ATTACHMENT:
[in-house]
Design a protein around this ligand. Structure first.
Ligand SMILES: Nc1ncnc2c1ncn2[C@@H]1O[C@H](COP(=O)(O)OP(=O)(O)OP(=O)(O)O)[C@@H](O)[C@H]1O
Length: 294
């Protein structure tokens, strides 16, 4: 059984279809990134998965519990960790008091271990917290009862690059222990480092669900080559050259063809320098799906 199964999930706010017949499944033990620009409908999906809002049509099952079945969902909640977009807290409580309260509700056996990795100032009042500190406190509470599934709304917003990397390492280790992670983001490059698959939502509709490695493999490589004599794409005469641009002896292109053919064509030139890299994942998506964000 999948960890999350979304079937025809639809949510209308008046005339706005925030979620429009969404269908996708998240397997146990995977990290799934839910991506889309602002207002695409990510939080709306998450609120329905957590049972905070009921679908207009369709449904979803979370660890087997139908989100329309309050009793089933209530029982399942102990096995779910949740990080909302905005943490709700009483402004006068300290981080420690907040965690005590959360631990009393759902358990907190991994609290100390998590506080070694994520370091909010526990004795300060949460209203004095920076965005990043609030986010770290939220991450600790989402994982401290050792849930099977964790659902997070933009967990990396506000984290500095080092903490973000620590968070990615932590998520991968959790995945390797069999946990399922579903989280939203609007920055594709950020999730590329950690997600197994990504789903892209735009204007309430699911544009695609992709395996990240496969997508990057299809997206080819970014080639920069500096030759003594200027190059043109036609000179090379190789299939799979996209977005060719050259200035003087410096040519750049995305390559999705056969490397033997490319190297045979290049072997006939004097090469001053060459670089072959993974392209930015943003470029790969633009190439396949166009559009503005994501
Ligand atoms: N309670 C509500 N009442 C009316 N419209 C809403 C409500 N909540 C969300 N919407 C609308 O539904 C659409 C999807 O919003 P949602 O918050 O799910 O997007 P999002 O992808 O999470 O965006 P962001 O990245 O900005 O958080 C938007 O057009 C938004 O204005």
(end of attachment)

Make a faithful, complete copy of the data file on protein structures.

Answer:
[in-house]
Design a protein around this ligand. Structure first.
Ligand SMILES: Nc1ncnc2c1ncn2[C@@H]1O[C@H](COP(=O)(O)OP(=O)(O)OP(=O)(O)O)[C@@H](O)[C@H]1O
Length: 294
């Protein structure tokens, strides 16, 4: 059984279809990134998965519990960790008091271990917290009862690059222990480092669900080559050259063809320098799906 199964999930706010017949499944033990620009409908999906809002049509099952079945969902909640977009807290409580309260509700056996990795100032009042500190406190509470599934709304917003990397390492280790992670983001490059698959939502509709490695493999490589004599794409005469641009002896292109053919064509030139890299994942998506964000 999948960890999350979304079937025809639809949510209308008046005339706005925030979620429009969404269908996708998240397997146990995977990290799934839910991506889309602002207002695409990510939080709306998450609120329905957590049972905070009921679908207009369709449904979803979370660890087997139908989100329309309050009793089933209530029982399942102990096995779910949740990080909302905005943490709700009483402004006068300290981080420690907040965690005590959360631990009393759902358990907190991994609290100390998590506080070694994520370091909010526990004795300060949460209203004095920076965005990043609030986010770290939220991450600790989402994982401290050792849930099977964790659902997070933009967990990396506000984290500095080092903490973000620590968070990615932590998520991968959790995945390797069999946990399922579903989280939203609007920055594709950020999730590329950690997600197994990504789903892209735009204007309430699911544009695609992709395996990240496969997508990057299809997206080819970014080639920069500096030759003594200027190059043109036609000179090379190789299939799979996209977005060719050259200035003087410096040519750049995305390559999705056969490397033997490319190297045979290049072997006939004097090469001053060459670089072959993974392209930015943003470029790969633009190439396949166009559009503005994501
Ligand atoms: N309670 C509500 N009442 C009316 N419209 C809403 C409500 N909540 C969300 N919407 C609308 O539904 C659409 C999807 O919003 P949602 O918050 O799910 O997007 P999002 O992808 O999470 O965006 P962001 O990245 O900005 O958080 C938007 O057009 C938004 O204005």